How To Start An iOS App Without Storyboards With Screenshots

By Eddy Chung

Storyboards can be great for simple applications. However, they can quickly become a problem in larger projects and team environments.

For Xcode 11 and up

How to start an iOS app without storyboards on Xcode 11 and up:

  1. Delete your Main.storyboard in your project navigator.
  2. Update your SceneDelegate with your new view controller.
  3. Go to Deployment Info and delete the Main text.
  4. Search Xcode for Main and delete it from Info.plist.

Your scene delegate code should look like this:

func scene(_ scene: UIScene, willConnectTo session: UISceneSession, options connectionOptions: UIScene.ConnectionOptions) {
    guard let windowScene = (scene as? UIWindowScene) else { return }
    window = UIWindow(frame: windowScene.coordinateSpace.bounds)
    window?.windowScene = windowScene
    let navigationVC = UINavigationController()
    window?.rootViewController = navigationVC
    navigationVC.pushViewController(ViewController(), animated: false)
    window?.makeKeyAndVisible()
}

Starting An App In Xcode 11 With Screenshots

Delete your Main.storyboard file:

how to start an ios app without storyboards 2020 03 08 20 29 52

Update your scene delegate code:

import UIKit

class SceneDelegate: UIResponder, UIWindowSceneDelegate {

    var window: UIWindow?
    func scene(_ scene: UIScene, willConnectTo session: UISceneSession, options connectionOptions: UIScene.ConnectionOptions) {
        guard let windowScene = (scene as? UIWindowScene) else { return }
        window = UIWindow(frame: windowScene.coordinateSpace.bounds)
        window?.windowScene = windowScene
        let navigationVC = UINavigationController()
        window?.rootViewController = navigationVC
        navigationVC.pushViewController(ViewController(), animated: false)
        window?.makeKeyAndVisible()
    }

}

Go to Deployment Info and delete the Main text:

how to start an ios app without storyboards 2020 03 08 20 32 23

Search Xcode for Main and delete it from Info.plist:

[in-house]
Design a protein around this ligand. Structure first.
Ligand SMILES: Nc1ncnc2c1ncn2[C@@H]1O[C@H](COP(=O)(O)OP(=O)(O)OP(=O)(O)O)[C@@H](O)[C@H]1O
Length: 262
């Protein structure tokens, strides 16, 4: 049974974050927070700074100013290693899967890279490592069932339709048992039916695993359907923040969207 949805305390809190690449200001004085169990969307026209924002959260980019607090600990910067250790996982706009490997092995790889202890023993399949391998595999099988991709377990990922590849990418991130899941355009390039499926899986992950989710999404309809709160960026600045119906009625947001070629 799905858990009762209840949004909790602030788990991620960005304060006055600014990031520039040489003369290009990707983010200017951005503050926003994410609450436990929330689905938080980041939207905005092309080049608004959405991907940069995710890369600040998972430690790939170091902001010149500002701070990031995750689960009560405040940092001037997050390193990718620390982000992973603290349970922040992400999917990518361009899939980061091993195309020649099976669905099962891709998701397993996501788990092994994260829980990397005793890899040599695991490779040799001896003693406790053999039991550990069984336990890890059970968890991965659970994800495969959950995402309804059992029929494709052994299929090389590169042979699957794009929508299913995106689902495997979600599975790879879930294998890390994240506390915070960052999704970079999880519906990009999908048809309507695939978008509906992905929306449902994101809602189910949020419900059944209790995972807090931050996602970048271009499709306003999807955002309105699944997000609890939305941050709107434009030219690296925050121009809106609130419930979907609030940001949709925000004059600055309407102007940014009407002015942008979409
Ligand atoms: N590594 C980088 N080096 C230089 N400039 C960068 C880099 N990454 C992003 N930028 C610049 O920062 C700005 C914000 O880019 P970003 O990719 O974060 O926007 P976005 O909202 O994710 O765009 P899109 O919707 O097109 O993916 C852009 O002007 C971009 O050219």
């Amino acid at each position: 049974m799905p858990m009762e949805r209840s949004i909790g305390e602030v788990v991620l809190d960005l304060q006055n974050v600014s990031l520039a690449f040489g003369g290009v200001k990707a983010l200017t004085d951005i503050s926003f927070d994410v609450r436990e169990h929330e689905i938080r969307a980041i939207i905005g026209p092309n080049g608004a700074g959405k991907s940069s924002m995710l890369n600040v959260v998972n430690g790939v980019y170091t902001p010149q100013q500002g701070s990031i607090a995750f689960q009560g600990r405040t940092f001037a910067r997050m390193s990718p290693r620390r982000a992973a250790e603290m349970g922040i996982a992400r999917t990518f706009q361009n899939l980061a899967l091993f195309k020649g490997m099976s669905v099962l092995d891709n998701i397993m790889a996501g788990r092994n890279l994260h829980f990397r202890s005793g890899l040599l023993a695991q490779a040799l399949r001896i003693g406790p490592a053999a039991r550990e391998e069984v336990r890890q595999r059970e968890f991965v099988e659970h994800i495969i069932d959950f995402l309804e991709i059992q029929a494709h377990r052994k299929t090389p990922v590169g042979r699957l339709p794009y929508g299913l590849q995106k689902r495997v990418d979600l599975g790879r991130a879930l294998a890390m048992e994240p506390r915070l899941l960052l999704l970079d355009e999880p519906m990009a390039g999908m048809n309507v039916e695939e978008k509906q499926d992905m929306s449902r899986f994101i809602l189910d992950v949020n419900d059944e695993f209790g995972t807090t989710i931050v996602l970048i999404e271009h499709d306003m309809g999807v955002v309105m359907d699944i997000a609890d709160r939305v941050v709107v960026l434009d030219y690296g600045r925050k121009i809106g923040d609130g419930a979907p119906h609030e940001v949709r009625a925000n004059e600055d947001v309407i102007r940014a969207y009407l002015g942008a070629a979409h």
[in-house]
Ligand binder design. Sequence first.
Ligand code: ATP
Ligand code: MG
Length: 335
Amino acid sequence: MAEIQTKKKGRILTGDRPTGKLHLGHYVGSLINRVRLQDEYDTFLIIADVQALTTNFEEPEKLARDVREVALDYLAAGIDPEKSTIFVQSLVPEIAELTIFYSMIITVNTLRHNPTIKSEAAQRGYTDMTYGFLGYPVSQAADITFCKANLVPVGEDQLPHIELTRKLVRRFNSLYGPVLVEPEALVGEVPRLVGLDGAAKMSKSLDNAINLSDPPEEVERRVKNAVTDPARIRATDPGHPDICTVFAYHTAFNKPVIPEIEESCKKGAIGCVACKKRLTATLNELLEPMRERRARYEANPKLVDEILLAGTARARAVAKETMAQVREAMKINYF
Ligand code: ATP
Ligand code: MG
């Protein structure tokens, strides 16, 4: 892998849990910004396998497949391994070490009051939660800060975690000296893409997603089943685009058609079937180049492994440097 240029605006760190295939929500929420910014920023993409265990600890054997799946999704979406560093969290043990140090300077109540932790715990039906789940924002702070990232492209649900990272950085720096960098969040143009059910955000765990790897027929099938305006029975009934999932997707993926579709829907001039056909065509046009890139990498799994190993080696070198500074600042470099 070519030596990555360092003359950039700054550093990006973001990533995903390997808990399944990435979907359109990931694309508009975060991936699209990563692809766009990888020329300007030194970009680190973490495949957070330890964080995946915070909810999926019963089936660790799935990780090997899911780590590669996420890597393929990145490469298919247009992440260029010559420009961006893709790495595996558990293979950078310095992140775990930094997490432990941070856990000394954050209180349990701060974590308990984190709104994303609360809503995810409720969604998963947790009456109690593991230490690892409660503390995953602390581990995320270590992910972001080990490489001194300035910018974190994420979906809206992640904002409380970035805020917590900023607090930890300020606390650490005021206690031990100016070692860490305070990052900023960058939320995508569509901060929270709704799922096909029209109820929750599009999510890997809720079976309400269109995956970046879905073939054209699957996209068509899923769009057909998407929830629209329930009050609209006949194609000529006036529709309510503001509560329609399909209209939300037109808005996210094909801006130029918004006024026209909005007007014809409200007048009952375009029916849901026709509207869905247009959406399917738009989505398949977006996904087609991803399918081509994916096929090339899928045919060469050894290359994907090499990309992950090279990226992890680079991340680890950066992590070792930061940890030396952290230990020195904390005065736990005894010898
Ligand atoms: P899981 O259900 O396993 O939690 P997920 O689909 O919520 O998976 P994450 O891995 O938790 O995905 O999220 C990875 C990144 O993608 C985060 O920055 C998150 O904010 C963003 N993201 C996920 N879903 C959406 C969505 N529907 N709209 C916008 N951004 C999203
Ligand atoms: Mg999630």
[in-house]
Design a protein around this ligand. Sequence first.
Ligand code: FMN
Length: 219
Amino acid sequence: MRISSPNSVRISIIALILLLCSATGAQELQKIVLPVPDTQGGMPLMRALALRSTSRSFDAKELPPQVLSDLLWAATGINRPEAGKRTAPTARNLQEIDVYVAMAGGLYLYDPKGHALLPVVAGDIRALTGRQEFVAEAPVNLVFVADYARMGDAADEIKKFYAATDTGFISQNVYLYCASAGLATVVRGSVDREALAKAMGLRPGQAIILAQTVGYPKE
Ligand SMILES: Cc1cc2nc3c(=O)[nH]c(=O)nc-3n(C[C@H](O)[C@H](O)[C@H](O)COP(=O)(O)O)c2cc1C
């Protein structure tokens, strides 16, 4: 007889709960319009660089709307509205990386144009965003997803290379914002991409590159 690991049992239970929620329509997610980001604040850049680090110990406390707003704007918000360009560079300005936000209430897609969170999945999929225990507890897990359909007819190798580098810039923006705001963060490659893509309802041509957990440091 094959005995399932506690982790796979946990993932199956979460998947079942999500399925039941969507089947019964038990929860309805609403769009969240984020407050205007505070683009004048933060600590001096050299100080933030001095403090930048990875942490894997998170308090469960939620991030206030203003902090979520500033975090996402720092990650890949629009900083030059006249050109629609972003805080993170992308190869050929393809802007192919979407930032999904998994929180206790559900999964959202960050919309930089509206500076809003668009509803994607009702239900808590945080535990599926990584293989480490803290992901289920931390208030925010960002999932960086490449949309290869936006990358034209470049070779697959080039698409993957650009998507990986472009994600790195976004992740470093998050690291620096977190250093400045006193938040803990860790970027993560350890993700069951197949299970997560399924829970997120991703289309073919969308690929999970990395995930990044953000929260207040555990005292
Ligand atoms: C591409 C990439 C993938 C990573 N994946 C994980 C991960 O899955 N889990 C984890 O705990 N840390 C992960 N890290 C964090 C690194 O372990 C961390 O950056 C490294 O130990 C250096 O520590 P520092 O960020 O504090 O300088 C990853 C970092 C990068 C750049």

how to start an ios app without storyboards 2020 03 08 20 35 10

Now you can run your app without storyboards!

You can double check everything is working by opening up your ViewController.swift file and adding a background color in viewDidLoad():

import UIKit

class ViewController: UIViewController {

    override func viewDidLoad() {
        super.viewDidLoad()
        view.backgroundColor = .green
    }
}

Your simulator or iPhone should look like this:

how to start an ios app without storyboards 2020 03 08 20 37 39

Why should you not use Storyboards

Storyboards fail at runtimes instead of compile time. This can lead to a crash which is a terrible user experience. This often happens when you named something incorrectly in the Storyboard. If you wrote it in code, it the compiler would catch it before the app is built.

Storyboards become confusing very quickly when the application is more complex. As the app gets more and more screens, navigating the storyboard is a painful process. You will have to often zoom in and out, pan left and right just to understand the logic of your application. Especially if multiple people are working on the app, the logic of the screens can quickly become impossible to follow.

Merge conflicts will become a regular problem in team settings. Since you only have one storyboard file that everybody modifies when adding new screens, this is bound to have many merge conflicts. The merge conflicts are also difficult to resolve since you’ll have to parse through machine-generated code that Xcode created. This adds a large overhead to iOS projects when there are two or more developers involved.

Reusable screens and code is also another reason to avoid using storyboards. You have to set the styles for each element in a storyboard. If you worked in code, you could create a class that has all the common styles that you use repeatedly.